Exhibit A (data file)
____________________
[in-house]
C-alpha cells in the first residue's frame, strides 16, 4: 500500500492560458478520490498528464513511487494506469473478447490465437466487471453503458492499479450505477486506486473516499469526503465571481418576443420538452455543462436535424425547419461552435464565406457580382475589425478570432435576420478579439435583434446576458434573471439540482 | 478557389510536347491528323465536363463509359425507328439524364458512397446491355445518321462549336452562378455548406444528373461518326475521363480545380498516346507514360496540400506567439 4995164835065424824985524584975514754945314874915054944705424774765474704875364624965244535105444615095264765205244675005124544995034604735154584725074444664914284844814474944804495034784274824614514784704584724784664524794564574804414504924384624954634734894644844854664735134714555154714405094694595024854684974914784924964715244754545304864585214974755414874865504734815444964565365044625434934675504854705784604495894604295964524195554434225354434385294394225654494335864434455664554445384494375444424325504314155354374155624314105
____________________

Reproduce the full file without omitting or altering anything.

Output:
[in-house]
C-alpha cells in the first residue's frame, strides 16, 4: 500500500492560458478520490498528464513511487494506469473478447490465437466487471453503458492499479450505477486506486473516499469526503465571481418576443420538452455543462436535424425547419461552435464565406457580382475589425478570432435576420478579439435583434446576458434573471439540482 | 478557389510536347491528323465536363463509359425507328439524364458512397446491355445518321462549336452562378455548406444528373461518326475521363480545380498516346507514360496540400506567439 4995164835065424824985524584975514754945314874915054944705424774765474704875364624965244535105444615095264765205244675005124544995034604735154584725074444664914284844814474944804495034784274824614514784704584724784664524794564574804414504924384624954634734894644844854664735134714555154714405094694595024854684974914784924964715244754545304864585214974755414874865504734815444964565365044625434934675504854705784604495894604295964524195554434225354434385294394225654494335864434455664554445384494375444424325504314155354374155624314105